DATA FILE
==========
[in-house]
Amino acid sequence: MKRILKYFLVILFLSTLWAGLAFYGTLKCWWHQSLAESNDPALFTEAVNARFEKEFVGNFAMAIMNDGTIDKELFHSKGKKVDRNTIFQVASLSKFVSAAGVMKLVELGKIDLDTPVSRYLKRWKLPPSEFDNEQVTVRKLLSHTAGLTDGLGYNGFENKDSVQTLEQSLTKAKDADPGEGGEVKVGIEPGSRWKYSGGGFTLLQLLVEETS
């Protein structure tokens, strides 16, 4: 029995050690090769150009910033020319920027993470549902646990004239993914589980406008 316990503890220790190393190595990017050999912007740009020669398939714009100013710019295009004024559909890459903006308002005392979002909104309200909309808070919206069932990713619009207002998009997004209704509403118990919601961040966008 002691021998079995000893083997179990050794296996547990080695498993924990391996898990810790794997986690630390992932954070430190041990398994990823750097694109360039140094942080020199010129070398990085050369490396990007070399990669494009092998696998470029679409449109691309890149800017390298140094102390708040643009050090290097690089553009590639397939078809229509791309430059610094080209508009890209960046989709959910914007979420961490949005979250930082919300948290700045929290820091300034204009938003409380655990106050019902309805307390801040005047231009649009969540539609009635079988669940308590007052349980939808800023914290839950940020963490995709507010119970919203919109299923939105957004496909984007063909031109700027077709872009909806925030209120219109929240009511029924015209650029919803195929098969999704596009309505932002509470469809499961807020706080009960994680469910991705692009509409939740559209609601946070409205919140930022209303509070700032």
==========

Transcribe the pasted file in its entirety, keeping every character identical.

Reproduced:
[in-house]
Amino acid sequence: MKRILKYFLVILFLSTLWAGLAFYGTLKCWWHQSLAESNDPALFTEAVNARFEKEFVGNFAMAIMNDGTIDKELFHSKGKKVDRNTIFQVASLSKFVSAAGVMKLVELGKIDLDTPVSRYLKRWKLPPSEFDNEQVTVRKLLSHTAGLTDGLGYNGFENKDSVQTLEQSLTKAKDADPGEGGEVKVGIEPGSRWKYSGGGFTLLQLLVEETS
């Protein structure tokens, strides 16, 4: 029995050690090769150009910033020319920027993470549902646990004239993914589980406008 316990503890220790190393190595990017050999912007740009020669398939714009100013710019295009004024559909890459903006308002005392979002909104309200909309808070919206069932990713619009207002998009997004209704509403118990919601961040966008 002691021998079995000893083997179990050794296996547990080695498993924990391996898990810790794997986690630390992932954070430190041990398994990823750097694109360039140094942080020199010129070398990085050369490396990007070399990669494009092998696998470029679409449109691309890149800017390298140094102390708040643009050090290097690089553009590639397939078809229509791309430059610094080209508009890209960046989709959910914007979420961490949005979250930082919300948290700045929290820091300034204009938003409380655990106050019902309805307390801040005047231009649009969540539609009635079988669940308590007052349980939808800023914290839950940020963490995709507010119970919203919109299923939105957004496909984007063909031109700027077709872009909806925030209120219109929240009511029924015209650029919803195929098969999704596009309505932002509470469809499961807020706080009960994680469910991705692009509409939740559209609601946070409205919140930022209303509070700032």